|Horie was first developed 300 years ago when a canal
was built and opened as a new transportation route. The district
flourished during the Edo period as the entertainment center after
Wako-ji Temple was established in the area and became a place of
religion and recreation for people of old Osaka, where a variety
of entertainment shows and events were held. While the landscape
of Horie has dramatically changed with the times, the temple, or "Amida-ike-san," has
been cherished by the locals and is still standing today as a witness
of the transition of the community. As we trace the history of
Horie we can see how life was spent around the temple's symbolic
pond and we find a new and important perspective from which we
may reconstruct the multi-layered image of this unique community.
“Naniwa no nagame”(A view of old-time Osaka), Wako-ji Temple
Originally, Horie was the least
developed swampy area in old Osaka. Bordered by the waters
of the Nagahori Canal to its north, the Nishiyokobori Canal
to its east, the Dotonbori Canal to its south, and the
Kizu River to its west, the roots of the district first
occurred in the very early Edo period. The development
was concentrated on the riverside and the inland area was
left untouched for a while until Kawamura Zuiken built
the Horie Canal that runs through the center and Wako-ji
Temple was established in 1698（Genroku11） in a newly developed
quarter named Horie Shinchi (new land). Amida-ike(Amida
Pond) is located in the spacious grounds of the temple.
“Dozo Amida-sanzon Ryuzou” (standing bronze statues of Amida-sanzon),
The name of the pond is derived from
a legend of an ancient statue of Amida (Amitabha) Buddha,
which is believed to have been brought to Japan from
Baekje (ancient Korea) in the 6th century. The statue
was once disposed of in the pond during the anti-Buddhism
movement but was recovered by a man named Honda Yoshimitsu,
who took the statue back to his home in Shinano (today's
Nagano Prefecture) and later dedicated it to local Zenko-ji
Temple. Based on this legend, a Buddhist monk, Chizen,
regarded Horie as a holy place and established Wako-ji
Temple. The image of the temple's deity, which is Amida
Buddha, is housed in a hall that floats on the pond.
The temple has been affectionately called "amida-ike-san" by
local people and has been a place of worship for them
To collect funds for investment in the development of Horie, the
Edo Shogunate gave a variety of priorities to the district to encourage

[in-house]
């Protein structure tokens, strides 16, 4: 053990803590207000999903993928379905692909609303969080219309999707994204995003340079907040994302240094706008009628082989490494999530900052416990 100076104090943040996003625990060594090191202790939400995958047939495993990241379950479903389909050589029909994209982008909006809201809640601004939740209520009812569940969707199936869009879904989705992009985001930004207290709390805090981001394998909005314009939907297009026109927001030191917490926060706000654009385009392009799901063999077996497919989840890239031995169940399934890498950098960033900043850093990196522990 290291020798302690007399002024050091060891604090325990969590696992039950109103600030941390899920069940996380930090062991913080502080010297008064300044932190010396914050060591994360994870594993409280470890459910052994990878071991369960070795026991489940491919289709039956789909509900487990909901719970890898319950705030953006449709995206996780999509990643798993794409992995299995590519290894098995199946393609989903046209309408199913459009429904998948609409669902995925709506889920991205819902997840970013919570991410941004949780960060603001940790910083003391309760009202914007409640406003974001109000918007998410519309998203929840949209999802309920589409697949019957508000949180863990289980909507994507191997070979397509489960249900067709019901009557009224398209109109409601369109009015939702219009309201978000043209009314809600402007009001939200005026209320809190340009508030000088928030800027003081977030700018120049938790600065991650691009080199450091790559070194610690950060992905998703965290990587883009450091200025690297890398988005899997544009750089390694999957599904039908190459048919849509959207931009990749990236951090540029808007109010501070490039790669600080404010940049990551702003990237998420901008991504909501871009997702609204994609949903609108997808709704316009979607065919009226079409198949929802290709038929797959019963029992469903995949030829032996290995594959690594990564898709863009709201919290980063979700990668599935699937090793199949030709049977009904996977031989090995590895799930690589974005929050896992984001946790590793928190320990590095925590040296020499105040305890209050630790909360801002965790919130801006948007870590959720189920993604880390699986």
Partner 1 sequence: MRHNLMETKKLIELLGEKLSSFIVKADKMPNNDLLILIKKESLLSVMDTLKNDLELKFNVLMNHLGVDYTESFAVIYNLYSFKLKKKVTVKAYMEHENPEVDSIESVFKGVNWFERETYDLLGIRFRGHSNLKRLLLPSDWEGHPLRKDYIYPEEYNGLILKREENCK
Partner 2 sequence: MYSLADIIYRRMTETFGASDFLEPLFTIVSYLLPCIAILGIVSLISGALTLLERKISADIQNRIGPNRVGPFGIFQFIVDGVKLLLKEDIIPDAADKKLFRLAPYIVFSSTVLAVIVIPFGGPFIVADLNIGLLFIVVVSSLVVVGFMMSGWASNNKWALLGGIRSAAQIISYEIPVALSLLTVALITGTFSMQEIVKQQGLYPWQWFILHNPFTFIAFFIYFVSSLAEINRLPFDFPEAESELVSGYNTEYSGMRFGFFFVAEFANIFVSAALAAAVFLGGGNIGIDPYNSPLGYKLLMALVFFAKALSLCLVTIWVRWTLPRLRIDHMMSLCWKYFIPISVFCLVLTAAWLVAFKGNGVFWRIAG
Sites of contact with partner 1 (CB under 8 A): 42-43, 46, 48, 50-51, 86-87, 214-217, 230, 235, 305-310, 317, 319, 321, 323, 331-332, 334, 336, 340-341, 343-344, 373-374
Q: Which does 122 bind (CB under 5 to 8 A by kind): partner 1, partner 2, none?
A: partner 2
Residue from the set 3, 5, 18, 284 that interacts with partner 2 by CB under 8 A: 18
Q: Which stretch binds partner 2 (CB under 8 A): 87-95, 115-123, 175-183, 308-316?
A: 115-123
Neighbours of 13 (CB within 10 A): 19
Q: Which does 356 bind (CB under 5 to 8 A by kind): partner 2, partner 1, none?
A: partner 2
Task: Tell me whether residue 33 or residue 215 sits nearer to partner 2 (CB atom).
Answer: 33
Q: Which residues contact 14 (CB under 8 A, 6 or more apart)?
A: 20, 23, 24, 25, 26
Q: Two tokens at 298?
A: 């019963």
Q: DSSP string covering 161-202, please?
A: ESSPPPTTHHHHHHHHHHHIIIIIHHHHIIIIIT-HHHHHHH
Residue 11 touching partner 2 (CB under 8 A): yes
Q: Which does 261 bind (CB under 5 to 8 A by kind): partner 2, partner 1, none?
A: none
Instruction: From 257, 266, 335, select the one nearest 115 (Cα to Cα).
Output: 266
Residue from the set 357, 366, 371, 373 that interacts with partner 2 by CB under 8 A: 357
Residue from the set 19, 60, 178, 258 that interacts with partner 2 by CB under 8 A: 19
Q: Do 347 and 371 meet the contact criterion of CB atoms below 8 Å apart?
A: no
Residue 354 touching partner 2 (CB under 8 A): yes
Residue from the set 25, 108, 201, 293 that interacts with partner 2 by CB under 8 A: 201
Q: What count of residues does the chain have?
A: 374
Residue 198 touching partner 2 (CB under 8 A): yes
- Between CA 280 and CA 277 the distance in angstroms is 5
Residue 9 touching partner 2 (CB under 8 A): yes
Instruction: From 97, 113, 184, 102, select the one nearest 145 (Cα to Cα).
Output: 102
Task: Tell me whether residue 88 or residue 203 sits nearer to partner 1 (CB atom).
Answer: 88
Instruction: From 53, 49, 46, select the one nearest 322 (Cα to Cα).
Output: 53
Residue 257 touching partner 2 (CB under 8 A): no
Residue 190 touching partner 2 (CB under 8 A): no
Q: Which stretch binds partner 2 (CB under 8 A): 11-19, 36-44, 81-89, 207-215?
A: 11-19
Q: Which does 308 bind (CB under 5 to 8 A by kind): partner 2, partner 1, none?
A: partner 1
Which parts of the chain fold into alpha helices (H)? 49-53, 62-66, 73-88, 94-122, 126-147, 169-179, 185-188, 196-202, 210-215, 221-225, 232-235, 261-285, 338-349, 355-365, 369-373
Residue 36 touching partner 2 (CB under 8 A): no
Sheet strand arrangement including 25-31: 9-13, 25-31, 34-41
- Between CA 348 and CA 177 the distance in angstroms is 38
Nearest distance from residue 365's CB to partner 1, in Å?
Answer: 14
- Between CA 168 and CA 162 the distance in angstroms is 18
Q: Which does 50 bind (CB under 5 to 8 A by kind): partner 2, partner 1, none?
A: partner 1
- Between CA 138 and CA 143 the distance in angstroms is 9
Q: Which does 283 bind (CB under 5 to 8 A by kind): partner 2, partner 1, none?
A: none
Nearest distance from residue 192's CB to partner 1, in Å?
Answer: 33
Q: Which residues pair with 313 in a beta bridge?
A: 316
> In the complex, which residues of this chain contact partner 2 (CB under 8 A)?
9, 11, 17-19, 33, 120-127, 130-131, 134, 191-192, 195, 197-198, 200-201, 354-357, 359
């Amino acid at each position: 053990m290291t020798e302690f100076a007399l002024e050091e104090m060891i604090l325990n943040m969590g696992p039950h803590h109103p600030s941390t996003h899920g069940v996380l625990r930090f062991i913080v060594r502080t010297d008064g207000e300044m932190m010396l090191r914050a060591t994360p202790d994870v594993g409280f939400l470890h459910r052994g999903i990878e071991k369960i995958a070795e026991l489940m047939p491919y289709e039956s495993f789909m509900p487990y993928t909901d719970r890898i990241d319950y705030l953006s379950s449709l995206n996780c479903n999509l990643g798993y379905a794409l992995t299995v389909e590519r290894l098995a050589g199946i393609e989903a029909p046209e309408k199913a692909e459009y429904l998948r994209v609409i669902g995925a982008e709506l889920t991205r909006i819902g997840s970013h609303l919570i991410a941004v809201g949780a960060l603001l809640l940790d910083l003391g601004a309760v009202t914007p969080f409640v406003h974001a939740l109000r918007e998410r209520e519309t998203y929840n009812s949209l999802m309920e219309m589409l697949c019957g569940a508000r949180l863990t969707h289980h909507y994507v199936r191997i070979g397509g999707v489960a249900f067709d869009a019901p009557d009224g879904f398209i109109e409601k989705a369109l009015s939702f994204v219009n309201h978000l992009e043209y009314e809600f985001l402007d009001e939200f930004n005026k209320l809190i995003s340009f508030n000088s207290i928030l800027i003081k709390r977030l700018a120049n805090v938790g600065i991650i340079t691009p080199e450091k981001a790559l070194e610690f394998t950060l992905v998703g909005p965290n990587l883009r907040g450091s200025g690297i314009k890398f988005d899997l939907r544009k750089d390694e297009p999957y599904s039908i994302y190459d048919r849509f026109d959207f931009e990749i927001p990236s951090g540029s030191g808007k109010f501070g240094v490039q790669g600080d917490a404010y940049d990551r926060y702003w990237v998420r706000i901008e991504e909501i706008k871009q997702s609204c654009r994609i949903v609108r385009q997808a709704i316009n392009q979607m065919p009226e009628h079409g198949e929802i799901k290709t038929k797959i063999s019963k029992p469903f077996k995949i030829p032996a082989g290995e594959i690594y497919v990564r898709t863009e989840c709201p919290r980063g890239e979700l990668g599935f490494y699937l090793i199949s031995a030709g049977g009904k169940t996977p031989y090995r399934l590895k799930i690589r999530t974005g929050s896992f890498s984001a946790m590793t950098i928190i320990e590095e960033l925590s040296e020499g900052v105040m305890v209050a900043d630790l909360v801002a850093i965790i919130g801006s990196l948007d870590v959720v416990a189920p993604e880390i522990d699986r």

local businesses, by permitting shipping licenses and allowing
the opening of markets, for example. The district evolved as the
lumber industry flourished on the riverside of the Nagahori Canal,
which became known as Zaimokuhama and served as the nation's trading
center of lumber. By the end of the Edo period, related manufacturing
industries of furniture, Buddhist articles, and ranma (wooden decorative
transom) were also established.
During the Edo period, making a
visit to a temple was one of the few leisure activities available
to the common people. Unlike today, in which a variety of entertainment
and amusements are available, people of those days had only limited
recreational choice and visiting temples therefore was a rare and
important occasion for them to satisfy their spiritual needs, enjoy
a break, and relieve themselves from daily stresses. Temples at
that time were not only the place of worship but also the destination
Temples also tried to attract more visitors in various ways.
At Wako-ji Temple, both inside and outside of its grounds were
filled with entertainment stages, game arcades, show tents, and
street vendors. Its lottery and plant fair also became popular.
It was as if parks, theaters, and museums were all located within
the temple. Wako-ji Temple gradually became the local center
“Kinryusan Sensoji hogaku shukuzu (the 12th yokozuna Jinmaku Kyugoro)”, Nihon Sumo Kyokai Sumo Museum
Horie is also known as the
origin of Osaka zumo. Although Sumo became
a popular entertainment during the Edo period, the Tokugawa
government prohibited its promotion as business because
of frequent disturbances and fights among the audiences.
Instead, it was allowed only to be held as kanjin zumo,
or a fund-raising event for temples and shrines. While
the word kanjin originally means to encourage
people to follow the Buddha's teaching towards good deeds,
it was commonly understood as an encouragement of donation
to help temples build a new statue or repair old buildings.
Because of its popularity, sumo became a good source of
revenue for the temples to cover various expenses.
Osaka zumo started as
a promotional event for the development of Horie Shinchi.
While the Edo government led the development of the district,
it divided the land and assigned lots to private developers
via bidding. In order to attract new people to the area
and to ensure the district prospered, local merchants of
Horie asked the government for permission to operate sumo tournaments.
The first sumo tournament in Osaka was held in
1702 (Genroku 15) near the present Minamihorie Park.
According to records, the 13-day tournament series was very successful
and became quite a profit-earning event for the local developers.